This has puzzled and flustered me.

But then this morning something hit me, and I think I figured out what the difference is.

When my kids were babies, when they were toddlers, their needs were intense and constant, but when you really get down to it, they were fairly simple. They needed my help to get to sleep. They needed me to provide food, and cuddles, and love. I knew how to do those things. Teaching them right from wrong meant taking away the toy they threw across the room. I look back and feel a self-assuredness that's been amplified in memory as I know I doubted myself a lot then, too, but when I stepped back and looked at the forest as a whole, I felt fairly confident that I knew what they needed and how to give it to them-- they needed love. Reassurance. Safety. I held them, I sang to them, I played with them. I (mostly) stayed calm when they cried, because yelling at a baby accomplishes nothing (other than making them cry even harder).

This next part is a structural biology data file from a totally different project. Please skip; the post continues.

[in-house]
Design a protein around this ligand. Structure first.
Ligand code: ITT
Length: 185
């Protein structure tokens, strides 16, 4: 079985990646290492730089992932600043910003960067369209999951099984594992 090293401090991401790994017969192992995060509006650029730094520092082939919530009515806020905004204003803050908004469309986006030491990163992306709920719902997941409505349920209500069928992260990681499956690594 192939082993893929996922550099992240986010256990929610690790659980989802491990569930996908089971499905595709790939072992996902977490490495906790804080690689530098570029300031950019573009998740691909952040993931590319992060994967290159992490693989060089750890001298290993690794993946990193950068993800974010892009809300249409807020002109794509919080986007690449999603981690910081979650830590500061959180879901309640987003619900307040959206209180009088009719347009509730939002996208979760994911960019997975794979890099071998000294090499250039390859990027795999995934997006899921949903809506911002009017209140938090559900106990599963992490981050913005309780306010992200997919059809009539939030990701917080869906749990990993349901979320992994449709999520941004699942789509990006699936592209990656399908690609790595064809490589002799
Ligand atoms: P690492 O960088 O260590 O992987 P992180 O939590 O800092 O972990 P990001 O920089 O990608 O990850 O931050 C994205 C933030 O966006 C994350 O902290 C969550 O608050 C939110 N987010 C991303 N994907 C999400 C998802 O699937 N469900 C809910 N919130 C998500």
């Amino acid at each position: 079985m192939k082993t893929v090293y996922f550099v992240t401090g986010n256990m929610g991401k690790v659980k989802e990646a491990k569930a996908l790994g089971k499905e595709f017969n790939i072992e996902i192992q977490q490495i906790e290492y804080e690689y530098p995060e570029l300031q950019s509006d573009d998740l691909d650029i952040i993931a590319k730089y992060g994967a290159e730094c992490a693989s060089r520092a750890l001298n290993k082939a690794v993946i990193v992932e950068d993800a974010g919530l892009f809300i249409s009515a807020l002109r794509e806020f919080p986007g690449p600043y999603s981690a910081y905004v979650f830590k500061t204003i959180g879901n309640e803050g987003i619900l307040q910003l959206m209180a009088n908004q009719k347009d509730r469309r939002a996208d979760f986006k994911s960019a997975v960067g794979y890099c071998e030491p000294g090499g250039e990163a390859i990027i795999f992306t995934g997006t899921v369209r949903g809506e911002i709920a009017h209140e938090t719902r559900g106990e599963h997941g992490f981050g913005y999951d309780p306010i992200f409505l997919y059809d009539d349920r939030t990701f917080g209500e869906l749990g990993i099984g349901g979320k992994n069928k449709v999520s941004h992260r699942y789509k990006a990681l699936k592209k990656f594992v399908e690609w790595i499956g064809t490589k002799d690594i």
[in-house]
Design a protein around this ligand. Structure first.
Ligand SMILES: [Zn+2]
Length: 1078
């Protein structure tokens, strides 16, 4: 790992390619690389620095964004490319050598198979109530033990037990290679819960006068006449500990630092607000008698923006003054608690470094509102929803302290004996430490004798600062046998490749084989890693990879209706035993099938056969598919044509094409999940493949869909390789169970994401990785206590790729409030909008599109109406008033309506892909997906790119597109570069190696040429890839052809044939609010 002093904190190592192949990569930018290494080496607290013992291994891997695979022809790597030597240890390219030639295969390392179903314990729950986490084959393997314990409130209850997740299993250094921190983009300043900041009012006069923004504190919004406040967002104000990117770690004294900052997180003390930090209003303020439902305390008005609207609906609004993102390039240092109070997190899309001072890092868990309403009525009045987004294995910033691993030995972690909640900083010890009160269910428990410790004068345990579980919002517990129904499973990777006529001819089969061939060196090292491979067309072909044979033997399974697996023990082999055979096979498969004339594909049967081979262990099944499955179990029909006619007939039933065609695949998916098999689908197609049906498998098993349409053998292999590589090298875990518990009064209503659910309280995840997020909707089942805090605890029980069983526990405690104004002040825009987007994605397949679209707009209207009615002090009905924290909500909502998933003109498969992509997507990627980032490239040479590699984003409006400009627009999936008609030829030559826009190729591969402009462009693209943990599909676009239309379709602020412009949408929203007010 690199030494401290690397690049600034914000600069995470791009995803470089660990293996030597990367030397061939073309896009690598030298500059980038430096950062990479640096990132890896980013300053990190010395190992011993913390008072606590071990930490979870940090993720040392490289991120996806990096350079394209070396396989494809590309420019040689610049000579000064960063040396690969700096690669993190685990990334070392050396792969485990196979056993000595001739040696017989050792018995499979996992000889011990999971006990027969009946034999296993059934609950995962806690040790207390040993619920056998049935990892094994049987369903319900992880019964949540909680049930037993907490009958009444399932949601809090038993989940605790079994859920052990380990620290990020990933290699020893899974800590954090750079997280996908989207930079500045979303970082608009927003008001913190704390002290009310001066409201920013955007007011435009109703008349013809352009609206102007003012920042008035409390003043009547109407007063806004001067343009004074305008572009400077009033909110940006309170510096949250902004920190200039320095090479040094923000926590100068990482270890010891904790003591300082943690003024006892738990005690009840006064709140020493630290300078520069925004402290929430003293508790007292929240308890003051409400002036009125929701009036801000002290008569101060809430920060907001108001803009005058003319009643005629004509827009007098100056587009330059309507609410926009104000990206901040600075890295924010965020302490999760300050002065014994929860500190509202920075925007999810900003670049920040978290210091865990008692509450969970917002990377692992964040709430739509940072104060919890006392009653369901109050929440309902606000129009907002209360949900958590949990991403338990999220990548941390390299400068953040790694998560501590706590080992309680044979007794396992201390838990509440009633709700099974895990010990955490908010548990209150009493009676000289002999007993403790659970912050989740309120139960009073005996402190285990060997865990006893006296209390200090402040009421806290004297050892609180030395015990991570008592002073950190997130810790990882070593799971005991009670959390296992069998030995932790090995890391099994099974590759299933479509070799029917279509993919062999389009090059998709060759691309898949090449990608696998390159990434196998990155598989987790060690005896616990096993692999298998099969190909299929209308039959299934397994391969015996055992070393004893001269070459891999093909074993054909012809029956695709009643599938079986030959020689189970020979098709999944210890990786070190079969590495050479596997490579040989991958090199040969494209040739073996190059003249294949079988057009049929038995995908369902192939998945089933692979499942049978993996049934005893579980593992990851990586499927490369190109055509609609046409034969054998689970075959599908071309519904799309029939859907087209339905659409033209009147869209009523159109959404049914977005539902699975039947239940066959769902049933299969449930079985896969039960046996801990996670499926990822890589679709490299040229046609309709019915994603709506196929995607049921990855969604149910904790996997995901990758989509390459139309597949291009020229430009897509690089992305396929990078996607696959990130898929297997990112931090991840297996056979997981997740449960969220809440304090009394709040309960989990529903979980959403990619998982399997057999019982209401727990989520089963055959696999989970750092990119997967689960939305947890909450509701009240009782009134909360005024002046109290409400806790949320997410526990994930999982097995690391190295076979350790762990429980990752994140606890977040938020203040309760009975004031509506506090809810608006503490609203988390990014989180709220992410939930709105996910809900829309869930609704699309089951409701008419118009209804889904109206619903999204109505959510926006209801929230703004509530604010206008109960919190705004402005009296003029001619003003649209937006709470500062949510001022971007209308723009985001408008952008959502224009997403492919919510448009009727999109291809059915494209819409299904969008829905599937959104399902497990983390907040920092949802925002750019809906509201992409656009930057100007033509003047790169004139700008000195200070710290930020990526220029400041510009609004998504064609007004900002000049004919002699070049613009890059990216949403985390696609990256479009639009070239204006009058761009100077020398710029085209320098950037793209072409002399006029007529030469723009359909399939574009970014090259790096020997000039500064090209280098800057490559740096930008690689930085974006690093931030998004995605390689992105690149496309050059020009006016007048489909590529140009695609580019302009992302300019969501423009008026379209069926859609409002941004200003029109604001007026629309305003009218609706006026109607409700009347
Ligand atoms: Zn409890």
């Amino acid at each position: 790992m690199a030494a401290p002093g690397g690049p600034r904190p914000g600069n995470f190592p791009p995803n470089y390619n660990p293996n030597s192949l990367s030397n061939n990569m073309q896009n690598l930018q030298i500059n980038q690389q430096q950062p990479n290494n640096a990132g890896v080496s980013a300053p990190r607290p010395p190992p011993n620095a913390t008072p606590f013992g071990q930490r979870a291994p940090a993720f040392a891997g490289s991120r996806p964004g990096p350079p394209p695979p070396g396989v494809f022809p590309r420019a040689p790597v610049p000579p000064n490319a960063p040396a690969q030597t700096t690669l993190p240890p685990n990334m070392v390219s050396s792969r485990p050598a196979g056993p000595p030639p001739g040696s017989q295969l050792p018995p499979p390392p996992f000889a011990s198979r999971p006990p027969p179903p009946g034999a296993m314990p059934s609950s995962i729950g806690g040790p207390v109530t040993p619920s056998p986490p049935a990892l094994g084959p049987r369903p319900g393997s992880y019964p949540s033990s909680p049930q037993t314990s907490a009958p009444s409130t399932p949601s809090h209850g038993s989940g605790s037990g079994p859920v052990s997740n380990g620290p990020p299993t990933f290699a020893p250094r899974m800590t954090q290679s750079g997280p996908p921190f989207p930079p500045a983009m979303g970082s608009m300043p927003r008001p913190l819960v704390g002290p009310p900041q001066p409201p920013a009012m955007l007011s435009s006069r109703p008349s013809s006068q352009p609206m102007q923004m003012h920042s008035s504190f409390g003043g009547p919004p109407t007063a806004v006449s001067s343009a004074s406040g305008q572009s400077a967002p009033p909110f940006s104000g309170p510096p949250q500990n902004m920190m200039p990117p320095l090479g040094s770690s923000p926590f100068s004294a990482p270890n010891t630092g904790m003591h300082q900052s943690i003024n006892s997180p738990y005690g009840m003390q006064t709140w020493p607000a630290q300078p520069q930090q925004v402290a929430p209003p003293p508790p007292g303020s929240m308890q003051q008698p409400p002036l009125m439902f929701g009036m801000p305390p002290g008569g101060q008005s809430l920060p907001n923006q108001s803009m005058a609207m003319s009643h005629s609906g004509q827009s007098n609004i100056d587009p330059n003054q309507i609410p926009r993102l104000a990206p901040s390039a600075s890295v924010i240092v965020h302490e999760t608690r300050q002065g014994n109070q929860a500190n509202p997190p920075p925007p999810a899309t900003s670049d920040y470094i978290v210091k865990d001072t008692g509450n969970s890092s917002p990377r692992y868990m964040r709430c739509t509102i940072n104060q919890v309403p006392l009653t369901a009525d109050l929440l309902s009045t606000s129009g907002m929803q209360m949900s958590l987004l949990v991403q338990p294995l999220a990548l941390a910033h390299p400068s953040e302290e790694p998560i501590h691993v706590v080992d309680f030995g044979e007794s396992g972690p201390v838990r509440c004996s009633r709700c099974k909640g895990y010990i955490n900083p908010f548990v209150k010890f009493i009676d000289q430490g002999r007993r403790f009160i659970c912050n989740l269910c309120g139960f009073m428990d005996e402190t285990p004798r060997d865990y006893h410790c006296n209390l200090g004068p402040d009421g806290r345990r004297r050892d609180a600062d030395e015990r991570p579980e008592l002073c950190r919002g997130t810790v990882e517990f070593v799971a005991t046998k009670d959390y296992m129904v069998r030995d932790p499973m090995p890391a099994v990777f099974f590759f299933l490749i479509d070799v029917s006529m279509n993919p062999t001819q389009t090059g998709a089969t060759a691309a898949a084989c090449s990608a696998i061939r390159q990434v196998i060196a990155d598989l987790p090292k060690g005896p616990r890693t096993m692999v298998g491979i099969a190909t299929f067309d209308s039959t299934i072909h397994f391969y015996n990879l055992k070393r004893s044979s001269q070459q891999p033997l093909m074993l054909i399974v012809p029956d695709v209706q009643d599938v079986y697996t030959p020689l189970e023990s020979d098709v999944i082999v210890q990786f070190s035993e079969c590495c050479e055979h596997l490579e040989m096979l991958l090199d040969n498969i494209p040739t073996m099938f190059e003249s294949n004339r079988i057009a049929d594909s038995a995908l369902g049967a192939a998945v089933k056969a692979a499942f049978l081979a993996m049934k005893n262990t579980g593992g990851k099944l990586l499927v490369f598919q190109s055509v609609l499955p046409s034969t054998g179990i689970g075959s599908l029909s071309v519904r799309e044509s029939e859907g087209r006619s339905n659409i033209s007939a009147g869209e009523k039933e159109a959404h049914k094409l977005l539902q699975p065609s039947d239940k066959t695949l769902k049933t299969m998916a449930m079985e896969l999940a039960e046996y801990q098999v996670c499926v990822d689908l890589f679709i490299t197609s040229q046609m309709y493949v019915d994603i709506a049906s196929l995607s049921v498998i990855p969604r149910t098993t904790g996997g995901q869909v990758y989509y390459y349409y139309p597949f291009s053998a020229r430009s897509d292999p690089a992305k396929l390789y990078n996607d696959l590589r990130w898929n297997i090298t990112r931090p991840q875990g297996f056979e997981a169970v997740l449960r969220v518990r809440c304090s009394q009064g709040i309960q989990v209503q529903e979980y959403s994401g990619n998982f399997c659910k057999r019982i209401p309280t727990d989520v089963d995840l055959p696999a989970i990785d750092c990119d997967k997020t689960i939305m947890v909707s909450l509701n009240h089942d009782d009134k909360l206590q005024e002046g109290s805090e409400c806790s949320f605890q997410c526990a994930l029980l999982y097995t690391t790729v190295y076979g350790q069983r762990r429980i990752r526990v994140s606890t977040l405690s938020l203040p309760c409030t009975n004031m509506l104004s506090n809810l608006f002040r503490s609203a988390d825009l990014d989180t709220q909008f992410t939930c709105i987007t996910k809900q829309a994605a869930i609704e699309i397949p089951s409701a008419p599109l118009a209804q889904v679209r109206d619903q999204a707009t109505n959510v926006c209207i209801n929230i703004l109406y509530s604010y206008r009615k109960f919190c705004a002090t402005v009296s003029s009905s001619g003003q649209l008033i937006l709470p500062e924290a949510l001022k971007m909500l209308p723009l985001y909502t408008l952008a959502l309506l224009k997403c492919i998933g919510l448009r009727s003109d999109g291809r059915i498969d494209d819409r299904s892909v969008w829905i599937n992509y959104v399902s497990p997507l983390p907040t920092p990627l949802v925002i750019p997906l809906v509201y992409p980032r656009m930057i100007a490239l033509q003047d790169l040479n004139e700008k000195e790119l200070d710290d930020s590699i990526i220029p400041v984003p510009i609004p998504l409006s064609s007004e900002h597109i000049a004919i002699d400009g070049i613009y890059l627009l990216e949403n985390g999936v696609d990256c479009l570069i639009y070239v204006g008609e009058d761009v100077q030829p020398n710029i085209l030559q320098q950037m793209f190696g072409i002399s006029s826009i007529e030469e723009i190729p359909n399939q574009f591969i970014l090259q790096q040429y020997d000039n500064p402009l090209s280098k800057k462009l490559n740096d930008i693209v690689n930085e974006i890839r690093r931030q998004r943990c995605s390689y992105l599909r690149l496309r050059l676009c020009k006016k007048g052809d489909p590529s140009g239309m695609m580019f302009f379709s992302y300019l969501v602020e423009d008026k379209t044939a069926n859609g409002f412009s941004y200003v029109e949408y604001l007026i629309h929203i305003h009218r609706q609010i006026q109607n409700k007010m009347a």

And most of all, I felt fairly sure that I was doing the right things for their development, for them to grow into competent and compassionate human beings.

Now, they are a bit older. Still children, but on the cusp of tweendom. Their needs are less constant, and on the face of it, less intense. But they are less predictable, and they are a hell of a lot more complicated.